MORE than 50,000 households in Sheffield are now living in poverty, and the gap between the richest and poorest people in the city has increased.
These findings are set to be the focus of a new independent commission, which has been established by Sheffield Council to investigate the causes and impact of inequalities in the city.
Official statistics show that some parts of Sheffield have become more deprived in the last three years, while inequalities between different groups of people are also a pressing problem.
Studies show that women living in the city are more likely to be unemployed than men, while more black people feel unsafe when out in their neighbourhoods after dark, compared with white British people.
Leader of Sheffield Council, Coun Julie Dore, said yesterday: “We are determined to tackle inequalities in Sheffield, but the reasons for them can be extremely complex.
“We felt the best way to investigate this would be through an independent commission that can listen to people from across the city and produce recommendations for making future improvements.”
The so-called “fairness commission” will launch a “short and focused” enquiry, taking evidence from both individuals and from organisations.
It began its work on Tuesday, February 14, by inviting people in the city to submit written evidence on the causes of poverty and inequalities, and priorities that they think the commission should consider.
The commission will also take oral evidence in public from a range of organisations, in meetings to be held across the city over the coming months.
In September this year, members of the commission will produce a report with recommendations on how Sheffield can best tackle the problems of poverty and inequalities and increase social justice.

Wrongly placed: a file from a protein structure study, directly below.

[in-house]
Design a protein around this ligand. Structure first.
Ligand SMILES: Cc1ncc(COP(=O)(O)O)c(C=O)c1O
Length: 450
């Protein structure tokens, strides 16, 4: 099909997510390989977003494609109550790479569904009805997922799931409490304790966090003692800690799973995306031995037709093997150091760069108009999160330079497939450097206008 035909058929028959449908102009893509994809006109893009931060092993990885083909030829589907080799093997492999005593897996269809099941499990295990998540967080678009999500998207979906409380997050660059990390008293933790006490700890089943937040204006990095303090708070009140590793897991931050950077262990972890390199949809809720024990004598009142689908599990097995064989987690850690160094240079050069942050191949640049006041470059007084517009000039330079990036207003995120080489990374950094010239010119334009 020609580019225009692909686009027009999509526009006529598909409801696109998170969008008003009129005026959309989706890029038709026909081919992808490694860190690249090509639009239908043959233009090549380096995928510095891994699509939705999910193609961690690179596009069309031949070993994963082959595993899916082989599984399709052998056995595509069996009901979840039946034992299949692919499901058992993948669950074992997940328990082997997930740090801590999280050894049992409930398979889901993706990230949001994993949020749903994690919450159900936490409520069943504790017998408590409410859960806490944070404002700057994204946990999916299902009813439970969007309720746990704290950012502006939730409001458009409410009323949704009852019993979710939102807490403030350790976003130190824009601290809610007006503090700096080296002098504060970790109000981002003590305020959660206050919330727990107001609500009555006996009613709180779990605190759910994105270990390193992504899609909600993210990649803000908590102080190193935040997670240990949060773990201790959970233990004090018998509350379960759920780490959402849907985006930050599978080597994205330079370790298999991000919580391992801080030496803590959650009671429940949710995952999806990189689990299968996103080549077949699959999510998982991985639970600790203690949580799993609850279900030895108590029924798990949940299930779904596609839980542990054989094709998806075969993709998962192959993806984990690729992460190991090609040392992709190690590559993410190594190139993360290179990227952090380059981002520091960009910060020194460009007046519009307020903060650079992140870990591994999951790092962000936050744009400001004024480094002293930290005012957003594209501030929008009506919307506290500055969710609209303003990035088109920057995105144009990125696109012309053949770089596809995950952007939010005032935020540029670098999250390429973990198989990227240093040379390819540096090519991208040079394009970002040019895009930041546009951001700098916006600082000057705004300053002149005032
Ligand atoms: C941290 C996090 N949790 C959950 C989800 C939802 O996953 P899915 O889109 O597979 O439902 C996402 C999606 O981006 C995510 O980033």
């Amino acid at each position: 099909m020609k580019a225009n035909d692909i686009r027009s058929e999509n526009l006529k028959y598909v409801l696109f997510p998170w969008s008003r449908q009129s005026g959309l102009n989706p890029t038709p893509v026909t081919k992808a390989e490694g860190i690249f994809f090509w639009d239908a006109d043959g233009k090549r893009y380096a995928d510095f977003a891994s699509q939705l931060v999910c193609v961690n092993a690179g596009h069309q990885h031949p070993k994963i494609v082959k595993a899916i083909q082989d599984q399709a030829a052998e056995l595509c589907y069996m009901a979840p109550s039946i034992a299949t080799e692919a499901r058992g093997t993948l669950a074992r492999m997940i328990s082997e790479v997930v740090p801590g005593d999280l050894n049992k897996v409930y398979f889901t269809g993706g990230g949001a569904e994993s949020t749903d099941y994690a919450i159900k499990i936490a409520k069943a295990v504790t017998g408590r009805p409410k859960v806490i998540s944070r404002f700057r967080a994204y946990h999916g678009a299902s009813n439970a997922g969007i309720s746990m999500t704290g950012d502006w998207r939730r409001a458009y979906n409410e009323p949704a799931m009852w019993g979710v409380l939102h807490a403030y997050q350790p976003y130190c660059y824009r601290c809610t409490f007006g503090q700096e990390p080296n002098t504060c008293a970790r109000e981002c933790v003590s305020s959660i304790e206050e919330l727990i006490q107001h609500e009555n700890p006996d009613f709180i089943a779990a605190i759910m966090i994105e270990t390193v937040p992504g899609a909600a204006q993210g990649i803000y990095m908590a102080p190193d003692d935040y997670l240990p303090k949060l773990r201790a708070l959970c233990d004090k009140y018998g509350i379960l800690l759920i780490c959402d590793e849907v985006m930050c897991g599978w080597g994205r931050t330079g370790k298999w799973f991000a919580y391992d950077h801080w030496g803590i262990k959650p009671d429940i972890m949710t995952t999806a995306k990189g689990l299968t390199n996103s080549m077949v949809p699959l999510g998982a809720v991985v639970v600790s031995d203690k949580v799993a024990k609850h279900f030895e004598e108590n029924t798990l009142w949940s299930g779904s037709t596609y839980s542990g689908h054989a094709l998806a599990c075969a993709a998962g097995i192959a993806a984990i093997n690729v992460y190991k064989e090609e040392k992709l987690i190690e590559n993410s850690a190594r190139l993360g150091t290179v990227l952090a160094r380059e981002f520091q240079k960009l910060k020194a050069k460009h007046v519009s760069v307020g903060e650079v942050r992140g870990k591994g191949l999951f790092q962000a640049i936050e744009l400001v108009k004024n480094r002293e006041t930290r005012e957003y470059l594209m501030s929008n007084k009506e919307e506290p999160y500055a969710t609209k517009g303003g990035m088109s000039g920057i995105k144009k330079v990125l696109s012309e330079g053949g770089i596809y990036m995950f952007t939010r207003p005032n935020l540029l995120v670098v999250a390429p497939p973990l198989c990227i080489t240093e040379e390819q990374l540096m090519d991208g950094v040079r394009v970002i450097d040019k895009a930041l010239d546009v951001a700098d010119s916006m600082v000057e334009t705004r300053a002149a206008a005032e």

Sheffield Council will then consider how it can “put those recommendations into action.”
A spokesman for Sheffield Council said: “The commission will be composed of invited individuals with proven knowledge and expertise on this major social and economic issue, with an independent chairman.
“Commissioners will be expected to contribute expertise rather than represent specific interests, in the spirit of making a collective contribution towards helping Sheffield to be as fair and prosperous as possible, a city in which all residents feel included. “
Chairman of the commission, Professor Alan Walker from Sheffield University, said: “It is a very great honour to be asked by the leader of the city council to serve as chair of this important inquiry.
“It is about the kind of city that we all want to live in, about Sheffield’s future.
“I am delighted to chair the commission because I believe that the potential of our great city is being held back by its deep social divisions.
“The persistent differences in life expectancy across the city are not just a tragedy for individual Sheffield residents and their families; it diminishes the whole city and all of us who live in it.”
This news comes after the “State of Sheffield” report, published last month, said the city was “strikingly spatially divided”, with only 55 per cent of residents in the north-east of the city saying they are happy with where they live.
According to the report, 81 per cent of people in Sheffield as a whole said they were happy with the area in which they live, but there is a huge divide between different areas of the city.
A total of 29 neighbourhoods – mostly those in the north and east, with the exception of Lowedges, Batemoor and Jordanthorpe in the south – are within the most 20 per cent deprived in England.
By contrast, Ecclesall is the least deprived neighbourhood and, along with Fulwood, Bents Green Crosspool, Whirlow, Abbeydale and Millhouses, are within the 10 per cent least deprived locations in England.